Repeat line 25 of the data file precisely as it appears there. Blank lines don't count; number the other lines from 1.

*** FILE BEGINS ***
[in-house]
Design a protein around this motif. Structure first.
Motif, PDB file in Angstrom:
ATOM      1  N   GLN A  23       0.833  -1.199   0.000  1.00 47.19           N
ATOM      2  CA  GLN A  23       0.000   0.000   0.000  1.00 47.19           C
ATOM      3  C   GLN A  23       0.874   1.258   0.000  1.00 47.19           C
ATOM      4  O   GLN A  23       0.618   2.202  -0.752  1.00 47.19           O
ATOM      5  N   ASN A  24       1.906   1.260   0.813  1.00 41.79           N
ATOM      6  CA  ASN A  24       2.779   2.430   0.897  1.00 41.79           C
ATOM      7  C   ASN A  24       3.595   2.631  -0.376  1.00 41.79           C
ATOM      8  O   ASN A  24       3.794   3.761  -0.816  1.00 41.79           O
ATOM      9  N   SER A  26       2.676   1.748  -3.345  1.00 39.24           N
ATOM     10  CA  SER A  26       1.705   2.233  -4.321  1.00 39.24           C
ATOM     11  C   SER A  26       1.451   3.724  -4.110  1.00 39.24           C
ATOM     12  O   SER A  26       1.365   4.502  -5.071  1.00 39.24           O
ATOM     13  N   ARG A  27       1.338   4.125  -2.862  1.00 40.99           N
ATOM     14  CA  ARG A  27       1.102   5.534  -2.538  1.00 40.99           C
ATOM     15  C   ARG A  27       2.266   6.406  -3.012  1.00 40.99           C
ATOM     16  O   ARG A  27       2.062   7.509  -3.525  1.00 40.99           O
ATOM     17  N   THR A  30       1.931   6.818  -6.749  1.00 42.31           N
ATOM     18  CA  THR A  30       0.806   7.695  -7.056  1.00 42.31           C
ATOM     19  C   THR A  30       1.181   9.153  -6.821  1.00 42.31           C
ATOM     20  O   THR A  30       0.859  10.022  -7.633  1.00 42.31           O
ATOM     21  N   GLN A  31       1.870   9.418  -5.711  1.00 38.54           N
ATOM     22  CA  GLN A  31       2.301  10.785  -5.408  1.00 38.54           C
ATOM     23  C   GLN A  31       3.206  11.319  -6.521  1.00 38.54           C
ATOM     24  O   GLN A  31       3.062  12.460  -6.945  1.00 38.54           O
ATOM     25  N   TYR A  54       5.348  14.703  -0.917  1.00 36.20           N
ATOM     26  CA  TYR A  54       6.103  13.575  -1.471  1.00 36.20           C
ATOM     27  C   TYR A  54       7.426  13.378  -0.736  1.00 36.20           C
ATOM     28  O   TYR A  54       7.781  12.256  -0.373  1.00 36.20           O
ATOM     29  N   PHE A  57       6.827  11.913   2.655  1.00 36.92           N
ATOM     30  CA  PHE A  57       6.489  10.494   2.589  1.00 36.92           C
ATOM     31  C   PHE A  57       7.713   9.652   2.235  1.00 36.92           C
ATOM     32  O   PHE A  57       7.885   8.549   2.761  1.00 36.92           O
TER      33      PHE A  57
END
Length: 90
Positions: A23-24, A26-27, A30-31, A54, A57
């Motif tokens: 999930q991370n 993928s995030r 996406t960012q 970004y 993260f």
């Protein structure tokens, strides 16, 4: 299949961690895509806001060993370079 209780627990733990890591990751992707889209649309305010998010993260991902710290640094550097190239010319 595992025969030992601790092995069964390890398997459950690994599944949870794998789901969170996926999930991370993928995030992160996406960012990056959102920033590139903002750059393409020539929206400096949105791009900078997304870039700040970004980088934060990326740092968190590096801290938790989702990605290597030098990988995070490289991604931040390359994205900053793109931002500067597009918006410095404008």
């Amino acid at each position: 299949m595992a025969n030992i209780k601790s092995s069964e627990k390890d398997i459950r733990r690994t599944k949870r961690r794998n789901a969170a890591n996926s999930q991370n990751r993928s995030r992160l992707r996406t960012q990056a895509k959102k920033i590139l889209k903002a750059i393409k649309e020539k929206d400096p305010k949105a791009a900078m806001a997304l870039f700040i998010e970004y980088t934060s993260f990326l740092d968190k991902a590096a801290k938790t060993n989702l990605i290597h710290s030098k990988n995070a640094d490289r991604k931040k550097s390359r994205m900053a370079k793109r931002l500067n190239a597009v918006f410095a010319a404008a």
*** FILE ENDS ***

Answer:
ATOM     22  CA  GLN A  31       2.301  10.785  -5.408  1.00 38.54           C